“Acting on stage is an art. Acting in film is a craft,” he says. “As the late Robert Culp said … ‘This is a trade, Paul, and you learn it on the stage.’ … Without learning it on the stage, it’s difficult to learn how to act out loud. For instance, I’m noticing that on television and in movies now, it’s more difficult to understand the actors because they have such, such powerful microphones now that you can pick up speech even at a mumbling or whispered level. Unfortunately, that means that most of the actors don’t feel like they have to act out loud. … You have to learn how to act out loud, and that’s a skill that you pretty much learn on the stage. You don’t have to learn it in films, so you don’t. Of course, the great masters like Al Pacino and Bobby De Niro, they know what they’re doing. And they’ve both done stage.”
Sorvino’s criticism of young actors goes beyond their lack of stage experience, however.
“If I have a complaint about the modern actors, it’s that they’re not well enough prepared. And there are not a lot of actors who want to be great actors, and that’s disturbing to me,” he says. “I have a feeling that they want great careers, but I am not convinced … that the so-called ethics of the profession are as strong as they once were.”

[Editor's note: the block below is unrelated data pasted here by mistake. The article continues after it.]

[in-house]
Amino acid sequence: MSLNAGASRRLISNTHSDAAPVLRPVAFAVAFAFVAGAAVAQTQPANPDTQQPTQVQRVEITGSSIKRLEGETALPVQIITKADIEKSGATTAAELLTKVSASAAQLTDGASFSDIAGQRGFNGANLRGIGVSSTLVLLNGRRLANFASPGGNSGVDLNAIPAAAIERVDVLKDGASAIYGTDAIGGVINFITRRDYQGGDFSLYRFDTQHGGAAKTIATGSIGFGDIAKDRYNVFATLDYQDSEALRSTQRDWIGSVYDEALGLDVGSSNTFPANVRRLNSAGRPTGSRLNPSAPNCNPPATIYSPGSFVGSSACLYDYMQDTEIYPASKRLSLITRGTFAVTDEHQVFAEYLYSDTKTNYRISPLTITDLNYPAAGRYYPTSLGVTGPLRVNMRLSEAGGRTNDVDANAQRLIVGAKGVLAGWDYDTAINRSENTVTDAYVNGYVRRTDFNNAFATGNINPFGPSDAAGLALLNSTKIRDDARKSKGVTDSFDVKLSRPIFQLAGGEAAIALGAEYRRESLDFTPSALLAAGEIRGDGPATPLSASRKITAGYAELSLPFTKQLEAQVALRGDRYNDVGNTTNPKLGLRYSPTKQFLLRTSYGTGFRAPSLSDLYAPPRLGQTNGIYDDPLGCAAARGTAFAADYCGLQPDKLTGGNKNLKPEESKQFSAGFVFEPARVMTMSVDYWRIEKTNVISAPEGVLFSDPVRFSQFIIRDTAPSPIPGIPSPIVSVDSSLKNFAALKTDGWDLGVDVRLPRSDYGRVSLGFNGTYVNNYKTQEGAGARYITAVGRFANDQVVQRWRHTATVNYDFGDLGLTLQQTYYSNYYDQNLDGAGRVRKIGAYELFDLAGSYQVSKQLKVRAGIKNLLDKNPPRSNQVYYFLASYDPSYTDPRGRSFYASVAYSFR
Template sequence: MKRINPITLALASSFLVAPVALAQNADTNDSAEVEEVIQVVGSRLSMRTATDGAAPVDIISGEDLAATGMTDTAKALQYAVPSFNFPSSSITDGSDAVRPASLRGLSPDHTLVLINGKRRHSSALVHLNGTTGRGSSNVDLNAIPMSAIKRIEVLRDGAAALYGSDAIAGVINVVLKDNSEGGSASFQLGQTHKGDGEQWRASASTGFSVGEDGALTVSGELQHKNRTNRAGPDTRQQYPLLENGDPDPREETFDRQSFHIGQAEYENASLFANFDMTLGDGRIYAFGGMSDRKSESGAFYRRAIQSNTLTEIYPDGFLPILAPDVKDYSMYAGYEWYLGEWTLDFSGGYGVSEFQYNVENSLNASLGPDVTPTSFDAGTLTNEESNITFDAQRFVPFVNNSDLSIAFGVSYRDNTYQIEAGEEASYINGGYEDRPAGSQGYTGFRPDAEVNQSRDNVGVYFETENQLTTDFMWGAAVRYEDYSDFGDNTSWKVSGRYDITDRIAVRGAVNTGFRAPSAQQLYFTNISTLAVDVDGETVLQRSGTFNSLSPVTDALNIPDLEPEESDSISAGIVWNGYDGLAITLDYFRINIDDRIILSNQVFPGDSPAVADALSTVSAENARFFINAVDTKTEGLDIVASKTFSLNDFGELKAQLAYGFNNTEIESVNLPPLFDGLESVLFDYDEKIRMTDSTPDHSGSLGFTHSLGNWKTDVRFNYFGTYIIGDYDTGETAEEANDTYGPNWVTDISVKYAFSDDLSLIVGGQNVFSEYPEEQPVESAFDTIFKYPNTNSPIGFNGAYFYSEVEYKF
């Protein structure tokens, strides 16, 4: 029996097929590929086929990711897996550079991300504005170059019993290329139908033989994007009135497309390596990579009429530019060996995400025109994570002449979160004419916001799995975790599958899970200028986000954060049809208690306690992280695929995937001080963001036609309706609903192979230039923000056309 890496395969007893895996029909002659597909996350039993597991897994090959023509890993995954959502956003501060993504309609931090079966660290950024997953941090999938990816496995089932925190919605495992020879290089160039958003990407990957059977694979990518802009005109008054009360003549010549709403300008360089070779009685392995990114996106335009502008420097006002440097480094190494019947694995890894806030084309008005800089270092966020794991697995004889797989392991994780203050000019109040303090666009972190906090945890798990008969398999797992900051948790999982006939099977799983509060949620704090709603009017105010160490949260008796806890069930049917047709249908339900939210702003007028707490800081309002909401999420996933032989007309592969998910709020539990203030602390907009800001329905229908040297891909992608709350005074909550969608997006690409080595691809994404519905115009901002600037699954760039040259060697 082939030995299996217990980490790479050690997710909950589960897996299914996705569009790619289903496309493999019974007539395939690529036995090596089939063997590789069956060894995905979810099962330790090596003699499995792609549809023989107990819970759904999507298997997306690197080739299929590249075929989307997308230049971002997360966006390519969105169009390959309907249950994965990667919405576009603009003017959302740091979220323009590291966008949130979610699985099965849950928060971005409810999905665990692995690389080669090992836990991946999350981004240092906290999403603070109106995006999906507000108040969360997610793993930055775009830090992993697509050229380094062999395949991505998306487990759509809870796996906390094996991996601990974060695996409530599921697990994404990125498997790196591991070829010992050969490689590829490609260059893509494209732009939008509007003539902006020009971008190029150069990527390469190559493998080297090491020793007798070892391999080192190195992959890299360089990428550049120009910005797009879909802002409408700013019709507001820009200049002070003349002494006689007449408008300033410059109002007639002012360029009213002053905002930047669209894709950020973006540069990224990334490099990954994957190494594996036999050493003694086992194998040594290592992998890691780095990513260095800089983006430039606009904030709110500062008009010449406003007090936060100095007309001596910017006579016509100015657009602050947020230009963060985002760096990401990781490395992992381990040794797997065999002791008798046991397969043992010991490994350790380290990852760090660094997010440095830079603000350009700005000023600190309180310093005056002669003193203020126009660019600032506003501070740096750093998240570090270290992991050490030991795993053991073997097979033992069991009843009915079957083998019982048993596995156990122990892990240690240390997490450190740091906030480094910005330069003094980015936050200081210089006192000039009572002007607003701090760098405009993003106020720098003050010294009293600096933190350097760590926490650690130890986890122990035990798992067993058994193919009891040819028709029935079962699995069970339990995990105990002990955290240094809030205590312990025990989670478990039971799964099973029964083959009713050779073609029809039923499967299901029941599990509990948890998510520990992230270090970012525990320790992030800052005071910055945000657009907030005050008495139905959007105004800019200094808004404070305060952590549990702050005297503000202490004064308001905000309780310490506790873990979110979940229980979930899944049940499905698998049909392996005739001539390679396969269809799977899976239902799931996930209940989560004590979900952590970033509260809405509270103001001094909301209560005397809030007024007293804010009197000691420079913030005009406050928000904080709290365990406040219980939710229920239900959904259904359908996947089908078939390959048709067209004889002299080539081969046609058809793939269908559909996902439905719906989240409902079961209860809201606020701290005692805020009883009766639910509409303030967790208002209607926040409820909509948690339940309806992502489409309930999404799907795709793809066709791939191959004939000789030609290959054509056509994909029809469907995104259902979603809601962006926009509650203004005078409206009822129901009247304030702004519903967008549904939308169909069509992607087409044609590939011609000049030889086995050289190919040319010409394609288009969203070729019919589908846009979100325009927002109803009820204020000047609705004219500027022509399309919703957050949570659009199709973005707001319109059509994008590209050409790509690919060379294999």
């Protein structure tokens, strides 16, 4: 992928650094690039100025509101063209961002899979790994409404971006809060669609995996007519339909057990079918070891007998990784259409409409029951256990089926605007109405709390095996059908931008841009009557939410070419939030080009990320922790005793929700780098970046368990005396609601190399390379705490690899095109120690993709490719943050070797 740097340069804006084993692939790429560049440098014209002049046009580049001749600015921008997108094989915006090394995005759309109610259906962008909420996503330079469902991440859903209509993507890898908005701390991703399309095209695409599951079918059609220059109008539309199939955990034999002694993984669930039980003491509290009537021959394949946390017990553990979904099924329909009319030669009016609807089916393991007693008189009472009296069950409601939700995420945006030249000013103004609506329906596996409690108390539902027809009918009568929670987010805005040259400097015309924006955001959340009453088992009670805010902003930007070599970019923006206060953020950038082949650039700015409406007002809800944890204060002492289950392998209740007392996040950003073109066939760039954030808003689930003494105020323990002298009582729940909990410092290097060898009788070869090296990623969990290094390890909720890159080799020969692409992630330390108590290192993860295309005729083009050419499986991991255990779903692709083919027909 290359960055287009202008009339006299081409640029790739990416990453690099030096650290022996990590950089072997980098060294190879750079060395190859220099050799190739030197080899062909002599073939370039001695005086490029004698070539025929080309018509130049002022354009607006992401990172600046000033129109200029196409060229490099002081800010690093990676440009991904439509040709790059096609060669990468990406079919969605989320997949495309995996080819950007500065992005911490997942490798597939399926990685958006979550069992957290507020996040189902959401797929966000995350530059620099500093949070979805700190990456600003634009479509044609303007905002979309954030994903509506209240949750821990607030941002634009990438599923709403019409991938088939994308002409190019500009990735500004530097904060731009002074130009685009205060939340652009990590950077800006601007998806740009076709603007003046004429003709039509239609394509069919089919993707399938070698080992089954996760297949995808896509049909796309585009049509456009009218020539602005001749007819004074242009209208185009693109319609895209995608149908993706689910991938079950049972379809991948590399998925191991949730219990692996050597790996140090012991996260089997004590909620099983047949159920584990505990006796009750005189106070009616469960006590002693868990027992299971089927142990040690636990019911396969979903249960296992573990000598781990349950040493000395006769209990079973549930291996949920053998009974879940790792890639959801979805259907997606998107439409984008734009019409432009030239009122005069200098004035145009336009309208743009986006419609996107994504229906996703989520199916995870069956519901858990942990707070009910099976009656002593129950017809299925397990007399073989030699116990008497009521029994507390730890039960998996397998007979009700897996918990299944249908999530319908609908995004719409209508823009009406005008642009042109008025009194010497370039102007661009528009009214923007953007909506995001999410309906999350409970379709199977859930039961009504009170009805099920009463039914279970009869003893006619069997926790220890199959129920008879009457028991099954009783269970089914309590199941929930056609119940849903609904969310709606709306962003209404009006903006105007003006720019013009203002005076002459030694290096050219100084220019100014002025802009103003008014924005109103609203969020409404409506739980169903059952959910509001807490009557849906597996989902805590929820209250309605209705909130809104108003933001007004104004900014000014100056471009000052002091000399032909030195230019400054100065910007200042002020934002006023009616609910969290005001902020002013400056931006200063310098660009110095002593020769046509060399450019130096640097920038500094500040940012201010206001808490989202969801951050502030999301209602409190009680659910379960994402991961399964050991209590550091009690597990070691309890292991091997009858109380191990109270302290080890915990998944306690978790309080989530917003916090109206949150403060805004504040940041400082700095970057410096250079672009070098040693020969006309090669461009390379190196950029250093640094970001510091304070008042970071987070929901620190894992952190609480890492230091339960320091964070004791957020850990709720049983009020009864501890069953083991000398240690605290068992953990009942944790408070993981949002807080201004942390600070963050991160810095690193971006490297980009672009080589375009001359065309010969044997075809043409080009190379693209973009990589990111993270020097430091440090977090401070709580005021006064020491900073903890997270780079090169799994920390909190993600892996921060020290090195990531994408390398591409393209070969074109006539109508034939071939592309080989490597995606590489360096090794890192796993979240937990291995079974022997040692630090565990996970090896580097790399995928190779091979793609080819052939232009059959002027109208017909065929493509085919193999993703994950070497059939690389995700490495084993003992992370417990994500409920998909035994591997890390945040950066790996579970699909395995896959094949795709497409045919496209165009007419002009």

Still, Sorvino seems at peace with himself and says he enjoys acting now more than ever.
“I’ve come to understand and enjoy my movie career much more … it took me a long time,” he says. “But once I recognized that movie acting is a job, and a better job than heavy lifting, which I did in my youth, then you can start to enjoy the parts of it that are fun. You don’t have to take on the responsibilities of leading this wagon train across the prairie. You can just be one of the drivers … and it then can become a good job. It can become fun, as long as you have other things that give you the satisfaction of primary art, and in this case that is sculpting and writing.”
Despite all his stereotype-busting endeavors, Sorvino still can’t help admitting that he may have a little tough guy in him after all, especially when it comes to directors and producers who have tried to push him around.
“They tried that,” Sorvino laughs. “No, that’s never happened.”